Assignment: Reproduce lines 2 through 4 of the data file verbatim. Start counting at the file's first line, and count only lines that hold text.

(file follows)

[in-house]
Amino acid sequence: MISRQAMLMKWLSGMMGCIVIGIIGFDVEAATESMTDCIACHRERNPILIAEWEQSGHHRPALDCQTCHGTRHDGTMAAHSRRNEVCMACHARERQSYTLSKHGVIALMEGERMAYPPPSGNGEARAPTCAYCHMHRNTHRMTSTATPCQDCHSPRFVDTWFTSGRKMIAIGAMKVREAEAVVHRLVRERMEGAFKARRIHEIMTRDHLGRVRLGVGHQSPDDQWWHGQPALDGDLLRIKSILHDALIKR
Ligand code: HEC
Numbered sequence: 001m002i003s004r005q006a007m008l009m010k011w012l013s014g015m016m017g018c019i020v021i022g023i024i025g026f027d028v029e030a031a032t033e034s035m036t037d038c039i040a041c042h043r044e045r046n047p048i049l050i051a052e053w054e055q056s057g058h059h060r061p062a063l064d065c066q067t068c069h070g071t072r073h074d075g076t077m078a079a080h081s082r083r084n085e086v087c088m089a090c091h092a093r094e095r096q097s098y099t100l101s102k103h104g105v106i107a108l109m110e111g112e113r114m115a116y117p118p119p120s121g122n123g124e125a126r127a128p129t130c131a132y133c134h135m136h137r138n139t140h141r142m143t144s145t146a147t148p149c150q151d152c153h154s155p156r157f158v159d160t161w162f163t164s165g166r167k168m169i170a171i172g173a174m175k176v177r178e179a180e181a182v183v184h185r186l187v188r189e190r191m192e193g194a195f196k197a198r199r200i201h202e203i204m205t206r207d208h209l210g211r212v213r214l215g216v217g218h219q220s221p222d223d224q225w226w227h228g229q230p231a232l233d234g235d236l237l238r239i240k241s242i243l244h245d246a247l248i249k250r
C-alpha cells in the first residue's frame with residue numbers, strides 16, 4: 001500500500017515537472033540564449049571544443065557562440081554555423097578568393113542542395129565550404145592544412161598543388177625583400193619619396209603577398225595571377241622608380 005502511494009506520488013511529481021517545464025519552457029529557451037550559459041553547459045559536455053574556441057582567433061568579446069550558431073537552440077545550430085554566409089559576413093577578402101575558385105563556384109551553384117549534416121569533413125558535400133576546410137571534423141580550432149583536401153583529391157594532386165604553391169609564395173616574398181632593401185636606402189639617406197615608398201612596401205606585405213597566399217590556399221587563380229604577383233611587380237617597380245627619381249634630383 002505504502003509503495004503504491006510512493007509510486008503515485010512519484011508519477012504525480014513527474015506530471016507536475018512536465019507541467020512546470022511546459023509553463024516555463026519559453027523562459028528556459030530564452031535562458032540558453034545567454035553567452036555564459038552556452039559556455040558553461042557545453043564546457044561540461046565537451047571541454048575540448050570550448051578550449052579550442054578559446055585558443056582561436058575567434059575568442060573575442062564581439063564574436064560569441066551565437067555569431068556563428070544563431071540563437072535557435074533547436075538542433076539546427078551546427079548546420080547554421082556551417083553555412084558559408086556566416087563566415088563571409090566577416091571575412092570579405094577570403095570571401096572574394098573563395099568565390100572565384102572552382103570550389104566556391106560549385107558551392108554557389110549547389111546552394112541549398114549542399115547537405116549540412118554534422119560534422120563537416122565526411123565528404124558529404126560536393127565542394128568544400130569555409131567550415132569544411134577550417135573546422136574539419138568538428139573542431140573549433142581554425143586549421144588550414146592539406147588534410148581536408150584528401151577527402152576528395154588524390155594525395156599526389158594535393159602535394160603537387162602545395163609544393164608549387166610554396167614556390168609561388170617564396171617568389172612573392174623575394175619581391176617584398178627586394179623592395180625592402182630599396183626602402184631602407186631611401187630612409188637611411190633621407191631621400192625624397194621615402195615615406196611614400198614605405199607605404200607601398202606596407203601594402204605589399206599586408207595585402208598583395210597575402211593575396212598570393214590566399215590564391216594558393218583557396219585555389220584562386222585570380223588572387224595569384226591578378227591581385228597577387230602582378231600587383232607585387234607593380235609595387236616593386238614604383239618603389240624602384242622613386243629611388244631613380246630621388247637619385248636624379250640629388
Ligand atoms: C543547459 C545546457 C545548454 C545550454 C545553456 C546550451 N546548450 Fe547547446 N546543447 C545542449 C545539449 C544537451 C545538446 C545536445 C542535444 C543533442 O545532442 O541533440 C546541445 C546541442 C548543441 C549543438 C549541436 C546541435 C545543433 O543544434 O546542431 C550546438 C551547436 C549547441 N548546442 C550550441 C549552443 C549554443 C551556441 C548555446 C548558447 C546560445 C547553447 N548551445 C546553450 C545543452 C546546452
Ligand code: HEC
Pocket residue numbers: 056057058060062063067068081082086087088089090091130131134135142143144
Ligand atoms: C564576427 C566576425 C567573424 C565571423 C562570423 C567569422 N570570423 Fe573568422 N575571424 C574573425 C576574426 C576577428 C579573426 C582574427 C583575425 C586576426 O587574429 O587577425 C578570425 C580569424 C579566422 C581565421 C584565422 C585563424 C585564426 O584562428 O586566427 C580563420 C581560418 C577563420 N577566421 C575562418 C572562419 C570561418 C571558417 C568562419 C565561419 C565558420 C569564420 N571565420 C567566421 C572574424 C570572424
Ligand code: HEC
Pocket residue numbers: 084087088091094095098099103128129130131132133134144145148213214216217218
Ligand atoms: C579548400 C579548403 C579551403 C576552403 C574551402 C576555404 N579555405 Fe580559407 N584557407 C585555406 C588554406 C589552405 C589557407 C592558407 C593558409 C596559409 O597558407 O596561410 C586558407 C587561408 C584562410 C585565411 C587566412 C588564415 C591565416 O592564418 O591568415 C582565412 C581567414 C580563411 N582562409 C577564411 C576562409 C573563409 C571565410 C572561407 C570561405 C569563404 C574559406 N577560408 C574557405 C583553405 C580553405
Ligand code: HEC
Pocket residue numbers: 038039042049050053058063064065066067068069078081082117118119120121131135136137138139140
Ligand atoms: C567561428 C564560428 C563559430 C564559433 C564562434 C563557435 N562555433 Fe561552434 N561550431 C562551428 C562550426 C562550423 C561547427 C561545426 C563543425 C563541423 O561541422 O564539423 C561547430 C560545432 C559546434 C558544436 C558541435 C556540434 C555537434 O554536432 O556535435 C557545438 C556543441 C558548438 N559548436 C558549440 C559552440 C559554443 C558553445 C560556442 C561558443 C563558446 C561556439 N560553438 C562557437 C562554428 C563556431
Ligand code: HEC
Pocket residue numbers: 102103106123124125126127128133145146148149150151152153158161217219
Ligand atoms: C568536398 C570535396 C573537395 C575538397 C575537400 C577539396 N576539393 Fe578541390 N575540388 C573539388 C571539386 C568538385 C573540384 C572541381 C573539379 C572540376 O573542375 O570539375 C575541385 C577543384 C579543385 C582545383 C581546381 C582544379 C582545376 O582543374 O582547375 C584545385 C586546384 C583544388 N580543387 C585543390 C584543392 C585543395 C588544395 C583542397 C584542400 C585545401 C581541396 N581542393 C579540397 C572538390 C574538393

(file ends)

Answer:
Amino acid sequence: MISRQAMLMKWLSGMMGCIVIGIIGFDVEAATESMTDCIACHRERNPILIAEWEQSGHHRPALDCQTCHGTRHDGTMAAHSRRNEVCMACHARERQSYTLSKHGVIALMEGERMAYPPPSGNGEARAPTCAYCHMHRNTHRMTSTATPCQDCHSPRFVDTWFTSGRKMIAIGAMKVREAEAVVHRLVRERMEGAFKARRIHEIMTRDHLGRVRLGVGHQSPDDQWWHGQPALDGDLLRIKSILHDALIKR
Ligand code: HEC
Numbered sequence: 001m002i003s004r005q006a007m008l009m010k011w012l013s014g015m016m017g018c019i020v021i022g023i024i025g026f027d028v029e030a031a032t033e034s035m036t037d038c039i040a041c042h043r044e045r046n047p048i049l050i051a052e053w054e055q056s057g058h059h060r061p062a063l064d065c066q067t068c069h070g071t072r073h074d075g076t077m078a079a080h081s082r083r084n085e086v087c088m089a090c091h092a093r094e095r096q097s098y099t100l101s102k103h104g105v106i107a108l109m110e111g112e113r114m115a116y117p118p119p120s121g122n123g124e125a126r127a128p129t130c131a132y133c134h135m136h137r138n139t140h141r142m143t144s145t146a147t148p149c150q151d152c153h154s155p156r157f158v159d160t161w162f163t164s165g166r167k168m169i170a171i172g173a174m175k176v177r178e179a180e181a182v183v184h185r186l187v188r189e190r191m192e193g194a195f196k197a198r199r200i201h202e203i204m205t206r207d208h209l210g211r212v213r214l215g216v217g218h219q220s221p222d223d224q225w226w227h228g229q230p231a232l233d234g235d236l237l238r239i240k241s242i243l244h245d246a247l248i249k250r